Senators are not the only ones who aid the president

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Senators are not the only ones who aid the president in this way, though. Almost anyone with some connection to the president can help with name-gathering. The Department of Justice often provides the most help. White House aides sometimes also suggest candidates, as was the case in the nomination of David Souter. Allegedly, White House Chief of Staff, John Sununu, suggested that President Bush consider fellow New Hampshire resident (―David‖). Souter was formally nominated and eventually confirmed. Finally, the American Bar Association and sitting justices 9 may also provide their input. Once a candidate is chosen, the president formally nominates that person by sending their name to the Senate. Since its creation in 1816, the nomination is first received by the Senate Judiciary Committee (Maltese 88). The Committee receives the 9 Taft would often give the current president his opinion of nominees, even when such opinions were unsolicited (Abraham 23).
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21 name and starts an investigation into the qualifications and background of the candidate. 10 To make their assessment, they gather and analyze all of the nominee s past writing, including written opinions if the nominee had previously served on another court. Often, written opinions from lower courts are the most helpful in deciding the jurisprudential philosophy of the nominee. After the Committee finishes their investigation, they vote and make a recommendation to the full Senate about whether or not to approve the nominee. Next, the full Senate votes to approve the nominee. If the nominee receives a majority of votes, he or she becomes a Supreme Court justice. If the nominee does not receive a majority number of votes, the nomination fails and the process starts over. In addition to voting to confirm, the Senate can vote to return the nomination to the Committee. If that happens, then the Committee often takes no further action, and the nomination dies, requiring the president to make another nomination (Maltese 3, 10-11). Although Article II provides the basic mechanism for how a nominee becomes confirmed as a justice, nowhere in the Constitution are qualifications for nominations listed. The lack of explicit qualifications is not oversight, but instead, probably results from the many compromises made between Federalists and Anti-Federalists during the Constitutional Convention and debates prior to ratification (Abraham 20). Despite the absence of qualifications in the Constitution, most nominees have had several things in common. 10 The FBI also conducts an invasive, exhaustive background check. The American Bar Association used to issue a report to the Senate and the President prior to formal nomination. Now, however, the ABA is not informed of candidates before formal nomination. Instead, the ABA issues their report after the Senate receives the formal nomination.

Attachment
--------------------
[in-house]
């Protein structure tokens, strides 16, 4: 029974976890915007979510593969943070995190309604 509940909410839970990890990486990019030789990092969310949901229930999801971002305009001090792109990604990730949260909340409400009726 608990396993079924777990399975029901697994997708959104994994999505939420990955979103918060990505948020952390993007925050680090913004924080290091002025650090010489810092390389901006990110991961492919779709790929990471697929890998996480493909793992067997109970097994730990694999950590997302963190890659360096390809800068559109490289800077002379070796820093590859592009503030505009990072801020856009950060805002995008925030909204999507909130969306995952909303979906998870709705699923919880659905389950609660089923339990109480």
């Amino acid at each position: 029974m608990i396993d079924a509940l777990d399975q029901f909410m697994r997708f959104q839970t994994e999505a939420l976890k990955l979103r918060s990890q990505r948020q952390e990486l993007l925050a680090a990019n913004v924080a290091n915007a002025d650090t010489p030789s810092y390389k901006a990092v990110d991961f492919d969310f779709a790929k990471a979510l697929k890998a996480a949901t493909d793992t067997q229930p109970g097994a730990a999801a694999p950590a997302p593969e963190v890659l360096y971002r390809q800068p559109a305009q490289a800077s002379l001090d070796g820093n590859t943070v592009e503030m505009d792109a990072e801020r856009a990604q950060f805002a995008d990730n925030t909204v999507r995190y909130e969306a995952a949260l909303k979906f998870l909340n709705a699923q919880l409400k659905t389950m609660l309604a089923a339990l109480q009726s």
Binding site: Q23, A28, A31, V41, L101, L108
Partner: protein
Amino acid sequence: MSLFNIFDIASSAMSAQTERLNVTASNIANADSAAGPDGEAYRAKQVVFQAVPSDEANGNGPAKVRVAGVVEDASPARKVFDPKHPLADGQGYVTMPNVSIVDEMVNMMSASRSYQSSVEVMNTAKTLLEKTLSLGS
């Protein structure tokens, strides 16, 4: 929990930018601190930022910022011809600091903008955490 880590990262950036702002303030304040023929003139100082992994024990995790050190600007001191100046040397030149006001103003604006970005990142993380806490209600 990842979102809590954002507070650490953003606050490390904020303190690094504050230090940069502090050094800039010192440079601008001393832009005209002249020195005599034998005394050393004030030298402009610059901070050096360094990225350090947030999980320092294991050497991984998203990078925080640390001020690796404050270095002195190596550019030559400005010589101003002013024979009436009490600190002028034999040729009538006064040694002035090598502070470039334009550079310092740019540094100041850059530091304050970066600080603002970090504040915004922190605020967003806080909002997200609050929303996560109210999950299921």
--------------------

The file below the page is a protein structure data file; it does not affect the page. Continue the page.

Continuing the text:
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22 Geographic Diversity George Washington, being the first president to nominate justices, had specific criteria that all of his appointees met. Many of his original criteria are still used by modern presidents when choosing their nominees.
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